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Why Morgan Stanley is buying up diesel in Europe

Morgan Stanley

Morgan Stanley, the bank, purchased a reported 77 percent of the diesel traded Europe over the last six weeks.

International commodity markets are full of little mysteries. For example: Why would a market player buy a whole bunch of something when the market is full of that very thing?

In this case, the thing is diesel fuel in Europe. The continent's last winter was mild, so there’s plenty in storage. Yet, according to Bloomberg, the bank Morgan Stanley has been on a huge buying spree

The experts will tell you, nobody knows for sure. But they can guess: Maybe somebody thinks the conflict between Russia and the Ukraine will stop the flow of natural gas to Europe by winter, when demand goes up.

What does that have to do with diesel?

"If they can’t find natural gas, they’re going to have to find alternatives," suggests Phil Flynn, from Price Futures Group. "They’re going to use more coal, they’re going to use more oil..." and maybe some more diesel.

So, buy low now, sell high later.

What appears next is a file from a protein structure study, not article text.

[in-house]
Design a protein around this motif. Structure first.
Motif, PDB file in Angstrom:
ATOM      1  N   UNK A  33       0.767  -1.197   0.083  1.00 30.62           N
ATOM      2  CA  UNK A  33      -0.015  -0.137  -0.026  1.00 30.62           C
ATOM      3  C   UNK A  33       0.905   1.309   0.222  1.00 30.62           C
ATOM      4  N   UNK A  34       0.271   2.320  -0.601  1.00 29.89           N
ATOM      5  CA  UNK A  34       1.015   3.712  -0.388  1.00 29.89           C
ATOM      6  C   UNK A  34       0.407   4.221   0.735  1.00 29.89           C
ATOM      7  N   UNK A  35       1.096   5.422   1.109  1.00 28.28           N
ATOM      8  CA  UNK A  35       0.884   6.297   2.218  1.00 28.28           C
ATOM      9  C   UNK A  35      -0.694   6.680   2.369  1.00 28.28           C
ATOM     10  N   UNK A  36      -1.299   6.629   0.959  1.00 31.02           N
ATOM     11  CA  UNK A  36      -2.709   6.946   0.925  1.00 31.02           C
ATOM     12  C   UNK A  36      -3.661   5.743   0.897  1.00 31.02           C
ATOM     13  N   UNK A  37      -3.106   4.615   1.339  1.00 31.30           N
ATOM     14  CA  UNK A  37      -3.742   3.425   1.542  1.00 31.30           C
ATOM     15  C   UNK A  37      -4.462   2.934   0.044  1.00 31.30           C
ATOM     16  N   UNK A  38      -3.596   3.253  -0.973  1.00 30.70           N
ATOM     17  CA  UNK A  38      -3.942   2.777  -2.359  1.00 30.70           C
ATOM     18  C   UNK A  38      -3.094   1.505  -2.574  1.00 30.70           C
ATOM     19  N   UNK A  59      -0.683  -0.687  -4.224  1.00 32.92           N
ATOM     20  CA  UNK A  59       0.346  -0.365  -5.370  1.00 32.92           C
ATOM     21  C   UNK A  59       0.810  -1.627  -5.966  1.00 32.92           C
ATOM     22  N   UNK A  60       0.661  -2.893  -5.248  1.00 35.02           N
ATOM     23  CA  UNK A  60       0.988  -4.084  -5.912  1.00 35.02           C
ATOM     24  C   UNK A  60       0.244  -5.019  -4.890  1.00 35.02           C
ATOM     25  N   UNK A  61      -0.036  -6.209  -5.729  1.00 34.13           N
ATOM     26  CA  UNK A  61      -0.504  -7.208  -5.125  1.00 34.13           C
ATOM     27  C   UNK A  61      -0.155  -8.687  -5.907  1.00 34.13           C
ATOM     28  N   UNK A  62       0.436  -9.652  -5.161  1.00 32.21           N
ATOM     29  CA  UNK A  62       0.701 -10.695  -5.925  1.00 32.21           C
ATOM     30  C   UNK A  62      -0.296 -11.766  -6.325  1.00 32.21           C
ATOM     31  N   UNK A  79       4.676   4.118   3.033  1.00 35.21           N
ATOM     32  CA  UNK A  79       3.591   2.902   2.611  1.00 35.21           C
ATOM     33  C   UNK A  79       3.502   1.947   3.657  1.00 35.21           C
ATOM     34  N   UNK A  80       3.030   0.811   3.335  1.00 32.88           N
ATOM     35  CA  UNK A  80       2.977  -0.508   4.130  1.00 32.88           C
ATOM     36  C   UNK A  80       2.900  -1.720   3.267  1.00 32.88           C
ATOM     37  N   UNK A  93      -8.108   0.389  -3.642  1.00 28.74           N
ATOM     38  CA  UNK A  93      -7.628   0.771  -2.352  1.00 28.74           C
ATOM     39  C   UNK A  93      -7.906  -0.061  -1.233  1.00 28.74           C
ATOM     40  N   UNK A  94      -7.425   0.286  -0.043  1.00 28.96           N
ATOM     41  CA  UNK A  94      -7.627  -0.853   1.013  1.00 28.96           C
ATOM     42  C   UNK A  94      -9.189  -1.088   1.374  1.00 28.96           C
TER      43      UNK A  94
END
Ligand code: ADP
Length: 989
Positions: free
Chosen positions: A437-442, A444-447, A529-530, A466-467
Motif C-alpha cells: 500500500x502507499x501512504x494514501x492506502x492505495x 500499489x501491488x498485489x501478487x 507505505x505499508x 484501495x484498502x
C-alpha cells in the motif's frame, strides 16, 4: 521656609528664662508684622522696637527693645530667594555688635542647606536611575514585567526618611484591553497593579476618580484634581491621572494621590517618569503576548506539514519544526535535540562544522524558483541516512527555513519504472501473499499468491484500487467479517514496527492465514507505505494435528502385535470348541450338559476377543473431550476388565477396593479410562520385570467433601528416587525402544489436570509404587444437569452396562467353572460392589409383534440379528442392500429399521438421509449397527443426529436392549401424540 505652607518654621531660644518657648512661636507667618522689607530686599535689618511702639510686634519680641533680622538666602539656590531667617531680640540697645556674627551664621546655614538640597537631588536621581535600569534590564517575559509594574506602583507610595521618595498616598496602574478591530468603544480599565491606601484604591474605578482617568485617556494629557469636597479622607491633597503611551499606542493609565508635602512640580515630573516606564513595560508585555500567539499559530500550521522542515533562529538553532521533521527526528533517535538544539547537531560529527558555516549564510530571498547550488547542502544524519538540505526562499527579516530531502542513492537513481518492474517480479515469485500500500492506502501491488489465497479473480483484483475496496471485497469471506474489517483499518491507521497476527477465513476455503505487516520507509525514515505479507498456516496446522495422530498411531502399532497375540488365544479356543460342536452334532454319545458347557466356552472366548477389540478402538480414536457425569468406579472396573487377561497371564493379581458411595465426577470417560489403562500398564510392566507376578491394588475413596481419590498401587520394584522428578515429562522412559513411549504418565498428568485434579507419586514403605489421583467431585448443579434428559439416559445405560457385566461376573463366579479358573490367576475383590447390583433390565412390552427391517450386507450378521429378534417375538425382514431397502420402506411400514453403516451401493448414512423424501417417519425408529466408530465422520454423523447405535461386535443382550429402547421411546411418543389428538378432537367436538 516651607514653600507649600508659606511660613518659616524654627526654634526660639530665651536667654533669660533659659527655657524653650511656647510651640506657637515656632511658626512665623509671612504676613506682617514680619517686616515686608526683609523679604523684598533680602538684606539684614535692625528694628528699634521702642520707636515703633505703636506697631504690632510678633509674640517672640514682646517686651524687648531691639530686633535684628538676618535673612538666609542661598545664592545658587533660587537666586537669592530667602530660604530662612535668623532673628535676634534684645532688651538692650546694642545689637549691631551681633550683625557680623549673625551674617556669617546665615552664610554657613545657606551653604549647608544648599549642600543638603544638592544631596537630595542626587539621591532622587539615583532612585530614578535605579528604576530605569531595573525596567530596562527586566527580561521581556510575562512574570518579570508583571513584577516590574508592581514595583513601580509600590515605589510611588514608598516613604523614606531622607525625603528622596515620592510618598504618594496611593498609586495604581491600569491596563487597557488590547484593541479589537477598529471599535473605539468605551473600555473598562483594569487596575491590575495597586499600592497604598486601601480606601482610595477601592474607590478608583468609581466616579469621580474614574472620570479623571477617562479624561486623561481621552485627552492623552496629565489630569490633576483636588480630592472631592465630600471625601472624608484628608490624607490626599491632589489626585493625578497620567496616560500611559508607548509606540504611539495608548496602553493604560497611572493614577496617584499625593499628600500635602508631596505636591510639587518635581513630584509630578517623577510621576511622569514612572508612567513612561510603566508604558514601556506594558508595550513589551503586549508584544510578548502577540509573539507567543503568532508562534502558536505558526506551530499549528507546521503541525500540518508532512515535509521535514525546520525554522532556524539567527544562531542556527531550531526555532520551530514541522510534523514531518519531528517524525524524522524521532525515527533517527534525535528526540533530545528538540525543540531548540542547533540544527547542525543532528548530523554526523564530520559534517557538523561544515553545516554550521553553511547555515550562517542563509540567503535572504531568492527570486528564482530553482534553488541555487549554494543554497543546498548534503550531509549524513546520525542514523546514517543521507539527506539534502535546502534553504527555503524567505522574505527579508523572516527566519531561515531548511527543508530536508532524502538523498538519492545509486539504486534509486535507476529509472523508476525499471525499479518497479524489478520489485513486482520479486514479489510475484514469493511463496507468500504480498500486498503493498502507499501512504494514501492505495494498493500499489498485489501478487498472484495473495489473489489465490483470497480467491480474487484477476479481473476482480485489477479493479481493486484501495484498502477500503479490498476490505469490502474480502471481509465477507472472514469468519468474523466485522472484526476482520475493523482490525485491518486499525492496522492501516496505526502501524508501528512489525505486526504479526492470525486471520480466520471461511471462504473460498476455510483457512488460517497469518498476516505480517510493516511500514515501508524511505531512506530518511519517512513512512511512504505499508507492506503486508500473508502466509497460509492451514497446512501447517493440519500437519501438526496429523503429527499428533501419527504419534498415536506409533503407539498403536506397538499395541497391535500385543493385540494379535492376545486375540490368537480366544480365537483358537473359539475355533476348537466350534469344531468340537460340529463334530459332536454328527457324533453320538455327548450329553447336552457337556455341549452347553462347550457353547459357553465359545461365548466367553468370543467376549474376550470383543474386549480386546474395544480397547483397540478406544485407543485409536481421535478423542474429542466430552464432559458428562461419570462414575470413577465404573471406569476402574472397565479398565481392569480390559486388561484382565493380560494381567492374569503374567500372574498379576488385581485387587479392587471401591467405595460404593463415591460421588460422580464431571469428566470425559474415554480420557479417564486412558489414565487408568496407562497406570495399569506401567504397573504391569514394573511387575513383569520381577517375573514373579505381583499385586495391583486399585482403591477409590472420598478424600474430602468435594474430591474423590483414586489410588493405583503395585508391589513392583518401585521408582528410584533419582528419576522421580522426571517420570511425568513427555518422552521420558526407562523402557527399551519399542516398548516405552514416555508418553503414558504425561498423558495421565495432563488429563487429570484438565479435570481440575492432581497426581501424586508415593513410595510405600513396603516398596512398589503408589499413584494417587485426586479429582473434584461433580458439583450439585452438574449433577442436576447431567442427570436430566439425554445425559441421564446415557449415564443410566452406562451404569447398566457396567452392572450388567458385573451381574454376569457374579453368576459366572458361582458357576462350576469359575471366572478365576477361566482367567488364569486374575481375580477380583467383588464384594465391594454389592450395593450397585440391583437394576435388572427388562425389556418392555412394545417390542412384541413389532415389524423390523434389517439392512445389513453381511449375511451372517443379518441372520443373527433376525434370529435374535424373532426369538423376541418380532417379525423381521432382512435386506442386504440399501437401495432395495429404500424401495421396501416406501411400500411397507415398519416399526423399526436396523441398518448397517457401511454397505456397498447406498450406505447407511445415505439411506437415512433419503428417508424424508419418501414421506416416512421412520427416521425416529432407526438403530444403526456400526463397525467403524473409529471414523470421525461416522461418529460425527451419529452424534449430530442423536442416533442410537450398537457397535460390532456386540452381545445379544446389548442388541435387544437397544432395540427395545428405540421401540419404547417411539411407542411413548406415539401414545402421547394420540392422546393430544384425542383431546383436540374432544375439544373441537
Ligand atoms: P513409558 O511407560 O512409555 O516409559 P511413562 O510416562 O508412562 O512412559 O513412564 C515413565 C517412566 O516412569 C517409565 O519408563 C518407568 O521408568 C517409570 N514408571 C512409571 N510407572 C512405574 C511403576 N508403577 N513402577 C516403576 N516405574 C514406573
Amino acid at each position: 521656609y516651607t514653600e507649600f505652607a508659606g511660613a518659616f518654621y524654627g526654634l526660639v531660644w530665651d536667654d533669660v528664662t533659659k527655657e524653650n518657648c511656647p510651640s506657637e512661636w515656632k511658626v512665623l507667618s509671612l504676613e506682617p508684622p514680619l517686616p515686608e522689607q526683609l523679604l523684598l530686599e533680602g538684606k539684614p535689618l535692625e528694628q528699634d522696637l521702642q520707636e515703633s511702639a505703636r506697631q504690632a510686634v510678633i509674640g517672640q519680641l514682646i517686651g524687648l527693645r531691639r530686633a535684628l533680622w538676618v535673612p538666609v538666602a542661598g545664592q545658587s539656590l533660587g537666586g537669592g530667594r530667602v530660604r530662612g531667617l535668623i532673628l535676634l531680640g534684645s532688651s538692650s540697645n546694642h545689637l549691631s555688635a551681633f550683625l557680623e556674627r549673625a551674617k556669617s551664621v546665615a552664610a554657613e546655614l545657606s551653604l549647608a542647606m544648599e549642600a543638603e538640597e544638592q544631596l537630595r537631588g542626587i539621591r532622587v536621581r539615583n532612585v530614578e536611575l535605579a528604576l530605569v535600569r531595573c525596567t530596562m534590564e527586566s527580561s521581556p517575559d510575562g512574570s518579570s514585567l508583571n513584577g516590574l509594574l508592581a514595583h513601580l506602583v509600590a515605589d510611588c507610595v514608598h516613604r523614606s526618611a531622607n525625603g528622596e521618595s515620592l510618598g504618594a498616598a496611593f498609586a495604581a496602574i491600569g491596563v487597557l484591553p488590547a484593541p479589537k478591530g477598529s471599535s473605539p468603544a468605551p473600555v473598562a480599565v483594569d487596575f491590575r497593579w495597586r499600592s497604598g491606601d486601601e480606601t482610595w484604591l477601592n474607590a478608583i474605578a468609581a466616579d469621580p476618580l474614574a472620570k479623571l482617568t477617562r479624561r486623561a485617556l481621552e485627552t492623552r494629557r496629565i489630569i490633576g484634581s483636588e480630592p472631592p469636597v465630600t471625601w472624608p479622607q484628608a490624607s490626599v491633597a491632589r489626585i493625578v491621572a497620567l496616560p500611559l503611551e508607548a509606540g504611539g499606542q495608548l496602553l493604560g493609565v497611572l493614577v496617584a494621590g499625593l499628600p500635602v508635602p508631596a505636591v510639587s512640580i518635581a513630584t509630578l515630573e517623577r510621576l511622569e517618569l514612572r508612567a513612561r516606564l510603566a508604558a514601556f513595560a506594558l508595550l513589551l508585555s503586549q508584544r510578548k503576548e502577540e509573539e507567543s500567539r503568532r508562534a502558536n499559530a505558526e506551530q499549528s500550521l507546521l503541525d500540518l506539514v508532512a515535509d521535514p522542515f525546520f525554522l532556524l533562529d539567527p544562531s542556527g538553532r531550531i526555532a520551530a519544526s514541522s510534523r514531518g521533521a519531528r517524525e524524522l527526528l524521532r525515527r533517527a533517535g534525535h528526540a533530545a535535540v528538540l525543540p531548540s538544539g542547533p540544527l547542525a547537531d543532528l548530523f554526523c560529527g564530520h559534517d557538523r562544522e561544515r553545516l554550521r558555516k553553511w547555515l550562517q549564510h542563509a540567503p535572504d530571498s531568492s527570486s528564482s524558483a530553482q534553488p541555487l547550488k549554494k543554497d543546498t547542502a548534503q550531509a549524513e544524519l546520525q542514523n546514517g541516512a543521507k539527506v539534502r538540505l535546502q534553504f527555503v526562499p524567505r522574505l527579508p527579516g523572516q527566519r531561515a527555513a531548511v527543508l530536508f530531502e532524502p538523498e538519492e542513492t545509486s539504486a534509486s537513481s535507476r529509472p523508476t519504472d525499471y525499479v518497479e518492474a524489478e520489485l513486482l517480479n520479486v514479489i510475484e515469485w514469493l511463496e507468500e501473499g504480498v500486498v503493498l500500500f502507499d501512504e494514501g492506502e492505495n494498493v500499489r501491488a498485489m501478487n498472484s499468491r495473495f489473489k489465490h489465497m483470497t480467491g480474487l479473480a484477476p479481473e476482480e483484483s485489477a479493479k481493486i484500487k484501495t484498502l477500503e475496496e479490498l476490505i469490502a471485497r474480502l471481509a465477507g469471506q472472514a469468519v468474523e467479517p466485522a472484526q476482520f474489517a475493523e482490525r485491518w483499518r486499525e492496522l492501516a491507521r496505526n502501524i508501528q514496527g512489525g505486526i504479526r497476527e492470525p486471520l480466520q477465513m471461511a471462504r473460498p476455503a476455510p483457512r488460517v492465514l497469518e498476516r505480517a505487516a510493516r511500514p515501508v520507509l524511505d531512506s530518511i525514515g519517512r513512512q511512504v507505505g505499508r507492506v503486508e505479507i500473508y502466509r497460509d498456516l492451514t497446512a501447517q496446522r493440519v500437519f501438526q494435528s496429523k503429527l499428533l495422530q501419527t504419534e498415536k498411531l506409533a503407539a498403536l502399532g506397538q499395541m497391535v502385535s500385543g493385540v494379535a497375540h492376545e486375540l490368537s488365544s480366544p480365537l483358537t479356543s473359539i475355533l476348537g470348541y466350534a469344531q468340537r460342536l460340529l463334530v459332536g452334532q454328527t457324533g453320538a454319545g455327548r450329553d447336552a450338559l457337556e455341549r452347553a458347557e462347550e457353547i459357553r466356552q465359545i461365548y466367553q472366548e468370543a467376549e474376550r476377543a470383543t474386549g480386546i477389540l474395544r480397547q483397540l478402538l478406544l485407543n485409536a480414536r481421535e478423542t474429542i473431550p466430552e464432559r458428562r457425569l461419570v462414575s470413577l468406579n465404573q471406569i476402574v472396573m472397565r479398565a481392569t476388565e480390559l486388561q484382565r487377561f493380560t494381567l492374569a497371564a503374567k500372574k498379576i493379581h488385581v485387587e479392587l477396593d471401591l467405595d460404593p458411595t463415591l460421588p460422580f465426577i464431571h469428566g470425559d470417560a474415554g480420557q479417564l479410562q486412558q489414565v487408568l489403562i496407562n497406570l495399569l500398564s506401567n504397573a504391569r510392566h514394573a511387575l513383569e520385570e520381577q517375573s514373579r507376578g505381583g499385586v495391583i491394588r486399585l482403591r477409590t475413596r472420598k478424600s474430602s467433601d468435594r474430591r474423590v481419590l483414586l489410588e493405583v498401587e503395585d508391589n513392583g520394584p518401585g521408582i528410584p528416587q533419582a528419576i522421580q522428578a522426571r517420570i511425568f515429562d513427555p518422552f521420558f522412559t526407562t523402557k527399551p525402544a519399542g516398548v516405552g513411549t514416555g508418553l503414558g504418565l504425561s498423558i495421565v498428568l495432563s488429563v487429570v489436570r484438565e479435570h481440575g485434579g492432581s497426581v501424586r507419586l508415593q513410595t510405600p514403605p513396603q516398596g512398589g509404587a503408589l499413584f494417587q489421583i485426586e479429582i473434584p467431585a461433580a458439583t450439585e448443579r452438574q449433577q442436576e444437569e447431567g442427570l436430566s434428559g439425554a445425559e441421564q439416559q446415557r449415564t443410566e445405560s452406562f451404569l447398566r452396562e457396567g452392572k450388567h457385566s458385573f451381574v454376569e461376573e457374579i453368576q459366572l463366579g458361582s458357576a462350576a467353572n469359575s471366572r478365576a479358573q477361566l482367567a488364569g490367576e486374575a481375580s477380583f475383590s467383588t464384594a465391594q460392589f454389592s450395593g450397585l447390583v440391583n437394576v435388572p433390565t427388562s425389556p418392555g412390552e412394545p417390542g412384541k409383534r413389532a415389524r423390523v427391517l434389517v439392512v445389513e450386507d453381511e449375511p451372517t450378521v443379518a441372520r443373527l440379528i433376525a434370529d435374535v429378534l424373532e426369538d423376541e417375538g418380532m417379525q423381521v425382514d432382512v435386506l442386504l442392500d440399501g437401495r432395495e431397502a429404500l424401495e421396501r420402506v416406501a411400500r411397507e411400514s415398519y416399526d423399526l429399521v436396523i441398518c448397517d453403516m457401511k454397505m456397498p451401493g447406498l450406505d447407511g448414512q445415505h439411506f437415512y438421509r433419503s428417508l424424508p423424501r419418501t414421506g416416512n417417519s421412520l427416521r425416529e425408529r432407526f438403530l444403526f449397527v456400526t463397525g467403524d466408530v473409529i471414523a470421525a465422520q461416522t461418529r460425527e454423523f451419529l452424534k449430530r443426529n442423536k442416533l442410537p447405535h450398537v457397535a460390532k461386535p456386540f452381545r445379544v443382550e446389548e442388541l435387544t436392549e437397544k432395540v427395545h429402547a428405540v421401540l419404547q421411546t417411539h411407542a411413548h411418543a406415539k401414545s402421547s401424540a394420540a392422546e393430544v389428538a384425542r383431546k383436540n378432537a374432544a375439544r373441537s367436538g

That is unless prices don’t go up, like if next winter is really mild, or natural gas supplies are okay, or both. Then you lose money.

Risking your own money is called trading “naked,” which energy consultant David Bellman thinks is unlikely in this situation. Instead, he suggests, Morgan Stanley may be acting as an agent for end-users like governments or companies.

"They could be agents for multiple people," says Bellman. "They could have found end-user A, end-user B, end-user C, and negotiated with all of them and said, 'Aren’t you concerned about Ukraine?'"  

It could be a lot simpler than that. Energy economist and consultant Phil Verleger looked up diesel prices— and the price of diesel futures—  while we talked on the phone. Turns out, you can sell a contract today to deliver diesel in January for a little more than the current price.  

"You could buy the diesel, store it, sell futures against it, and earn a very nice return," Verleger says, "at a time when interest rates are essentially zero."

In this case, it’s the “storing it” that’s the hard part for most players, because of the glut. If Morgan Stanley has some storage capacity, that could allow the bank to make money by buying something that nobody else wants.

About the author

Dan is a sustainability reporter for Marketplace.

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